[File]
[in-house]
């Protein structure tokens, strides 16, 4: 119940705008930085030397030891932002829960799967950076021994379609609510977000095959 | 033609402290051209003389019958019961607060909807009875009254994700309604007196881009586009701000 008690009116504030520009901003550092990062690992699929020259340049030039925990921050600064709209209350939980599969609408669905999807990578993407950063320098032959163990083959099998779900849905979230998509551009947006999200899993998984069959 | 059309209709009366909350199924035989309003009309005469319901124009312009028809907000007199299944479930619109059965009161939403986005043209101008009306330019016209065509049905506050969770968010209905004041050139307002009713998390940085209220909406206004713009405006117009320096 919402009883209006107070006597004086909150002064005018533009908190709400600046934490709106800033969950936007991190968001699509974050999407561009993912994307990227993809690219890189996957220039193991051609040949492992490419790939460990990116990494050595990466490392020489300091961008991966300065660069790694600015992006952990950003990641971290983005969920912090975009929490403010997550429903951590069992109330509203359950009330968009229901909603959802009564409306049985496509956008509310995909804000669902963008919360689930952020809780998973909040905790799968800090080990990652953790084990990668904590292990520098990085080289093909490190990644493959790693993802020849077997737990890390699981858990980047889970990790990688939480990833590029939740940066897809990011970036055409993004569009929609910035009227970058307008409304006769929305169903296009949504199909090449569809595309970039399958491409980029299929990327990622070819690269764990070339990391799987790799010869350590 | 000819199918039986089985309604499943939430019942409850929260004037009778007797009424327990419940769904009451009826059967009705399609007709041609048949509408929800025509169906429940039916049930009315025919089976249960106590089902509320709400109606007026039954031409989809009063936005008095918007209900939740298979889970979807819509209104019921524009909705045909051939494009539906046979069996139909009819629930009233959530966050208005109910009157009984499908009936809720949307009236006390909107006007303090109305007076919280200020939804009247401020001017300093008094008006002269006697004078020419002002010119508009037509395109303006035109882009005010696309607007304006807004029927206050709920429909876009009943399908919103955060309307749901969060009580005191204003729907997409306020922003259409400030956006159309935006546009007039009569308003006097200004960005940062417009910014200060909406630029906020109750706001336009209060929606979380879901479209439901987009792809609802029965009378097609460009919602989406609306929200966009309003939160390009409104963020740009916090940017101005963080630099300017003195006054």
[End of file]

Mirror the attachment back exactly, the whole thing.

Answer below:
[in-house]
């Protein structure tokens, strides 16, 4: 119940705008930085030397030891932002829960799967950076021994379609609510977000095959 | 033609402290051209003389019958019961607060909807009875009254994700309604007196881009586009701000 008690009116504030520009901003550092990062690992699929020259340049030039925990921050600064709209209350939980599969609408669905999807990578993407950063320098032959163990083959099998779900849905979230998509551009947006999200899993998984069959 | 059309209709009366909350199924035989309003009309005469319901124009312009028809907000007199299944479930619109059965009161939403986005043209101008009306330019016209065509049905506050969770968010209905004041050139307002009713998390940085209220909406206004713009405006117009320096 919402009883209006107070006597004086909150002064005018533009908190709400600046934490709106800033969950936007991190968001699509974050999407561009993912994307990227993809690219890189996957220039193991051609040949492992490419790939460990990116990494050595990466490392020489300091961008991966300065660069790694600015992006952990950003990641971290983005969920912090975009929490403010997550429903951590069992109330509203359950009330968009229901909603959802009564409306049985496509956008509310995909804000669902963008919360689930952020809780998973909040905790799968800090080990990652953790084990990668904590292990520098990085080289093909490190990644493959790693993802020849077997737990890390699981858990980047889970990790990688939480990833590029939740940066897809990011970036055409993004569009929609910035009227970058307008409304006769929305169903296009949504199909090449569809595309970039399958491409980029299929990327990622070819690269764990070339990391799987790799010869350590 | 000819199918039986089985309604499943939430019942409850929260004037009778007797009424327990419940769904009451009826059967009705399609007709041609048949509408929800025509169906429940039916049930009315025919089976249960106590089902509320709400109606007026039954031409989809009063936005008095918007209900939740298979889970979807819509209104019921524009909705045909051939494009539906046979069996139909009819629930009233959530966050208005109910009157009984499908009936809720949307009236006390909107006007303090109305007076919280200020939804009247401020001017300093008094008006002269006697004078020419002002010119508009037509395109303006035109882009005010696309607007304006807004029927206050709920429909876009009943399908919103955060309307749901969060009580005191204003729907997409306020922003259409400030956006159309935006546009007039009569308003006097200004960005940062417009910014200060909406630029906020109750706001336009209060929606979380879901479209439901987009792809609802029965009378097609460009919602989406609306929200966009309003939160390009409104963020740009916090940017101005963080630099300017003195006054």